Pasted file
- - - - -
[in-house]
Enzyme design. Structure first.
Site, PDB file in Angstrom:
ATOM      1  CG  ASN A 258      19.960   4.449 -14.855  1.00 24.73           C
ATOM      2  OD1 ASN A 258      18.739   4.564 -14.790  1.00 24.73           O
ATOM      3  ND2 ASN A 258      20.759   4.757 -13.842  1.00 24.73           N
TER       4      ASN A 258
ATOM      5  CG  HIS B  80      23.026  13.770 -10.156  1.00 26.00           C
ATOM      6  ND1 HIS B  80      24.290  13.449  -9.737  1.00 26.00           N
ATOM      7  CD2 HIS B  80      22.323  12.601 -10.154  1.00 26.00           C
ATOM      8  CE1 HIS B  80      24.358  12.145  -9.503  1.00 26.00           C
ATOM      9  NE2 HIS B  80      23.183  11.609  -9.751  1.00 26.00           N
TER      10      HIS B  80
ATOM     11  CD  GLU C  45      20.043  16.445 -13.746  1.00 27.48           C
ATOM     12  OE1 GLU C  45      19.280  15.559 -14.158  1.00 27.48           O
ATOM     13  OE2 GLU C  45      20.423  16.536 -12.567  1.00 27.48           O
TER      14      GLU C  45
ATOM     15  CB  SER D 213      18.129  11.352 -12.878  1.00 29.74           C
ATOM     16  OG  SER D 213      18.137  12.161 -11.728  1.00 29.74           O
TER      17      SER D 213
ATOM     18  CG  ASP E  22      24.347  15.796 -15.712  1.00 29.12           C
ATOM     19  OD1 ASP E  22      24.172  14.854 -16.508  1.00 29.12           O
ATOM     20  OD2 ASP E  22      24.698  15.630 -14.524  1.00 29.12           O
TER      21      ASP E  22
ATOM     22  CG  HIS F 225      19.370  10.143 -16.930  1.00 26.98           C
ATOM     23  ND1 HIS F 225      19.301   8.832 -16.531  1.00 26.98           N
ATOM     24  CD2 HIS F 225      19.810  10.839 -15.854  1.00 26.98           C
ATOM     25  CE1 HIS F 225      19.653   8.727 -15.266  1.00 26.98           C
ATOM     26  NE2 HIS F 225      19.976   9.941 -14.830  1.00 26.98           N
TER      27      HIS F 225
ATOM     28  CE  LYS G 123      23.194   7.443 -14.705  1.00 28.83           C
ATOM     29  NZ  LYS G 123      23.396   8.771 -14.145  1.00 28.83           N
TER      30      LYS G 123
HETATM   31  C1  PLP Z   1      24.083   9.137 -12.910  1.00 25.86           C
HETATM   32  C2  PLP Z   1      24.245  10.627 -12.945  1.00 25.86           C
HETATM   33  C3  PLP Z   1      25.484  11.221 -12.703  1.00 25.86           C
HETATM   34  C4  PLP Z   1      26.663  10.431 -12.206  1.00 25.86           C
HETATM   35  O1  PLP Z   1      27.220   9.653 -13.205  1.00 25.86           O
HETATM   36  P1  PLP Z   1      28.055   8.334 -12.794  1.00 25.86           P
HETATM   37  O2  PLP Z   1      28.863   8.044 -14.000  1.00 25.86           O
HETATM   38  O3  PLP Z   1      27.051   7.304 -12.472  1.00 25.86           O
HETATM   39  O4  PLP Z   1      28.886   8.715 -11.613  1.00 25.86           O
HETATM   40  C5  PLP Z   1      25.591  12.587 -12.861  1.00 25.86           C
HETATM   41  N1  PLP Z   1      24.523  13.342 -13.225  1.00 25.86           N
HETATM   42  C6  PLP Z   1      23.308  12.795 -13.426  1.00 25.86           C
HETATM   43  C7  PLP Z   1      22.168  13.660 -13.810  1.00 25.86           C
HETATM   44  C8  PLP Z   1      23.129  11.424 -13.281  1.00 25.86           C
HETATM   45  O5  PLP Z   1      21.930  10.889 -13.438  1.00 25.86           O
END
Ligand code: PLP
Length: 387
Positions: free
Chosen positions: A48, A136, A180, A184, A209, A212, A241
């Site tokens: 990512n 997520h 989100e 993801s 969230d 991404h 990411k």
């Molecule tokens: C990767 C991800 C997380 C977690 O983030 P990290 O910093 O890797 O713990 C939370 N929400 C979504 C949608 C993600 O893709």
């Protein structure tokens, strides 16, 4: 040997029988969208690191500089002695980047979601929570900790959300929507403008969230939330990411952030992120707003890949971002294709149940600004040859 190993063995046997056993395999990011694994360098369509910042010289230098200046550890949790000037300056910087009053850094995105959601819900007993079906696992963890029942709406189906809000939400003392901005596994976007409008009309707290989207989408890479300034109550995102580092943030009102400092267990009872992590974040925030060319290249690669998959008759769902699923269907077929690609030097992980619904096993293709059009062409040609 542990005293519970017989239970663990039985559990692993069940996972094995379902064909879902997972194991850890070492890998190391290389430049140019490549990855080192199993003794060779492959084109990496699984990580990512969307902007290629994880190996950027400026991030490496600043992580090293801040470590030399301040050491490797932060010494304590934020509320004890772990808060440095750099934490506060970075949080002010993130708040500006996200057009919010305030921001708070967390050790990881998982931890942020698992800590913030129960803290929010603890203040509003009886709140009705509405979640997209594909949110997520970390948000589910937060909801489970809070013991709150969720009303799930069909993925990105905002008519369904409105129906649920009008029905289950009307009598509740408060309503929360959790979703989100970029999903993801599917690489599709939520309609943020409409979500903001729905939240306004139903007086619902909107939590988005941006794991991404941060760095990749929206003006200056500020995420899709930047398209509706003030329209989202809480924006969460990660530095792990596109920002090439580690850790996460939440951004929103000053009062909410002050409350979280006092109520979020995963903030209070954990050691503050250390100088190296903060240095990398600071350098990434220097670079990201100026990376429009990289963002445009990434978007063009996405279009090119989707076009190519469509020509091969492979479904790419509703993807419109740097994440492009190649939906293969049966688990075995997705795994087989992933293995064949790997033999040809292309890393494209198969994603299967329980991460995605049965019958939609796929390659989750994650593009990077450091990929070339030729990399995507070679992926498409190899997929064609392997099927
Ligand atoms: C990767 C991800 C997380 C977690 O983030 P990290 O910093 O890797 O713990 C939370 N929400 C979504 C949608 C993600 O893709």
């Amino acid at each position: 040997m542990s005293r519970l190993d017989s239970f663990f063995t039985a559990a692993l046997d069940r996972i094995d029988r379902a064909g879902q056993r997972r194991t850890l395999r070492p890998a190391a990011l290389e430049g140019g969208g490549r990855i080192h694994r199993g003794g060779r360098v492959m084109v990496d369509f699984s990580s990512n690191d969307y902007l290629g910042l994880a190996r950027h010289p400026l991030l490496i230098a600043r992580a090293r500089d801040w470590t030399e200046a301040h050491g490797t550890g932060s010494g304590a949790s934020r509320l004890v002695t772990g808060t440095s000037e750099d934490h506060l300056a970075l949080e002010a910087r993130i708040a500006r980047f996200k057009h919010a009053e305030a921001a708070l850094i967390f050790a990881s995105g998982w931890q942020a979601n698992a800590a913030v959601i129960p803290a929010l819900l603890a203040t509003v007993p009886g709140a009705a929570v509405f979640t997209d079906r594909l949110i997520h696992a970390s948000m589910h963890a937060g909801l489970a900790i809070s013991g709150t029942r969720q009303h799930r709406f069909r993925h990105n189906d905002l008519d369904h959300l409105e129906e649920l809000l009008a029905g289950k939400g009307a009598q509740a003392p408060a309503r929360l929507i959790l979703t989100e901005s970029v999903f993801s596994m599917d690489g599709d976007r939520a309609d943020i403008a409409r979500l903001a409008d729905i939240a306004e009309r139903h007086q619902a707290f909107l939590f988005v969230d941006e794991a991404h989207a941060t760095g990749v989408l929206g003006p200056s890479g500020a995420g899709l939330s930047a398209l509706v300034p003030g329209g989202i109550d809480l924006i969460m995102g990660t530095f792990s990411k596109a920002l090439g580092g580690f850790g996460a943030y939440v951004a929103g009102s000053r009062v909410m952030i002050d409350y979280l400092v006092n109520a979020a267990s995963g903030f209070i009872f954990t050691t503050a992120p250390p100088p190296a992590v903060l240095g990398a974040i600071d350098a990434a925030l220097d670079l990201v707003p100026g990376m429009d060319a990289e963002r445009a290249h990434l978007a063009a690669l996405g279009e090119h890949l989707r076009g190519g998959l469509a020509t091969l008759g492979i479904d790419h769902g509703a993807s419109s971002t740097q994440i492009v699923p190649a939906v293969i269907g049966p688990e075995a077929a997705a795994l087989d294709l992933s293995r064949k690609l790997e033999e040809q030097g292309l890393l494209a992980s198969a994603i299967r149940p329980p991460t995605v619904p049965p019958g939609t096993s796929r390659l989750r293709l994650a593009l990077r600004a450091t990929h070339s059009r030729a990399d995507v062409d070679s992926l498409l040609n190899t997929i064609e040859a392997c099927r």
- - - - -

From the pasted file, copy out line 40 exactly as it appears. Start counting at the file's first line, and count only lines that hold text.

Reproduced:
HETATM   37  O2  PLP Z   1      28.863   8.044 -14.000  1.00 25.86           O